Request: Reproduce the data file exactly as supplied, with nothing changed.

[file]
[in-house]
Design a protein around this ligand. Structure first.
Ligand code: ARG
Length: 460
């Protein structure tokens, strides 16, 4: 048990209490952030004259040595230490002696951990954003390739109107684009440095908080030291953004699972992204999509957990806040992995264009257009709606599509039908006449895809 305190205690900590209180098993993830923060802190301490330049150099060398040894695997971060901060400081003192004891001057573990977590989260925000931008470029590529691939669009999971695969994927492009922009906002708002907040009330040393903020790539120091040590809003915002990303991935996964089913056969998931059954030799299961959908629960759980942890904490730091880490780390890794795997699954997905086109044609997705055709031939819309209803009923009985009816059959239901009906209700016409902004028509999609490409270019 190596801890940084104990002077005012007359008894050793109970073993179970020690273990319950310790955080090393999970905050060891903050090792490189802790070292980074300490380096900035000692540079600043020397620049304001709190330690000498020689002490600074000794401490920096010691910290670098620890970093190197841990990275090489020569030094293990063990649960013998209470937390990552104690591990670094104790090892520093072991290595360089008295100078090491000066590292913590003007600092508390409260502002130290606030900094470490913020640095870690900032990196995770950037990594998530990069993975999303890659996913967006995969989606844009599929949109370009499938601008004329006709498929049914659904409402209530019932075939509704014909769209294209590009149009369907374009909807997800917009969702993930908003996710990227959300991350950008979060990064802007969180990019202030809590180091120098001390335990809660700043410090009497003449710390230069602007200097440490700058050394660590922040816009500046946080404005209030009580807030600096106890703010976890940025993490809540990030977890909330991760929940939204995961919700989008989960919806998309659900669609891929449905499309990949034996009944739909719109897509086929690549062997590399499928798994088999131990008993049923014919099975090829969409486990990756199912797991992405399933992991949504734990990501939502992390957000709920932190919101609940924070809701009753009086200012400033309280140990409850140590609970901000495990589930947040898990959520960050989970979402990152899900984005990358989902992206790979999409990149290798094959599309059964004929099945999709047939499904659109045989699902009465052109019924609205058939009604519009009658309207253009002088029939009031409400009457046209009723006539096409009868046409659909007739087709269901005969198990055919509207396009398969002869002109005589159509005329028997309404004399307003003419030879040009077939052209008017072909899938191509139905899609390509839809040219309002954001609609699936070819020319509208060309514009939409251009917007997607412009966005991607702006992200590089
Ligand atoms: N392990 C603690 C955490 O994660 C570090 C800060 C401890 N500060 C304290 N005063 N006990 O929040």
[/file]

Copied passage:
[in-house]
Design a protein around this ligand. Structure first.
Ligand code: ARG
Length: 460
């Protein structure tokens, strides 16, 4: 048990209490952030004259040595230490002696951990954003390739109107684009440095908080030291953004699972992204999509957990806040992995264009257009709606599509039908006449895809 305190205690900590209180098993993830923060802190301490330049150099060398040894695997971060901060400081003192004891001057573990977590989260925000931008470029590529691939669009999971695969994927492009922009906002708002907040009330040393903020790539120091040590809003915002990303991935996964089913056969998931059954030799299961959908629960759980942890904490730091880490780390890794795997699954997905086109044609997705055709031939819309209803009923009985009816059959239901009906209700016409902004028509999609490409270019 190596801890940084104990002077005012007359008894050793109970073993179970020690273990319950310790955080090393999970905050060891903050090792490189802790070292980074300490380096900035000692540079600043020397620049304001709190330690000498020689002490600074000794401490920096010691910290670098620890970093190197841990990275090489020569030094293990063990649960013998209470937390990552104690591990670094104790090892520093072991290595360089008295100078090491000066590292913590003007600092508390409260502002130290606030900094470490913020640095870690900032990196995770950037990594998530990069993975999303890659996913967006995969989606844009599929949109370009499938601008004329006709498929049914659904409402209530019932075939509704014909769209294209590009149009369907374009909807997800917009969702993930908003996710990227959300991350950008979060990064802007969180990019202030809590180091120098001390335990809660700043410090009497003449710390230069602007200097440490700058050394660590922040816009500046946080404005209030009580807030600096106890703010976890940025993490809540990030977890909330991760929940939204995961919700989008989960919806998309659900669609891929449905499309990949034996009944739909719109897509086929690549062997590399499928798994088999131990008993049923014919099975090829969409486990990756199912797991992405399933992991949504734990990501939502992390957000709920932190919101609940924070809701009753009086200012400033309280140990409850140590609970901000495990589930947040898990959520960050989970979402990152899900984005990358989902992206790979999409990149290798094959599309059964004929099945999709047939499904659109045989699902009465052109019924609205058939009604519009009658309207253009002088029939009031409400009457046209009723006539096409009868046409659909007739087709269901005969198990055919509207396009398969002869002109005589159509005329028997309404004399307003003419030879040009077939052209008017072909899938191509139905899609390509839809040219309002954001609609699936070819020319509208060309514009939409251009917007997607412009966005991607702006992200590089
Ligand atoms: N392990 C603690 C955490 O994660 C570090 C800060 C401890 N500060 C304290 N005063 N006990 O929040």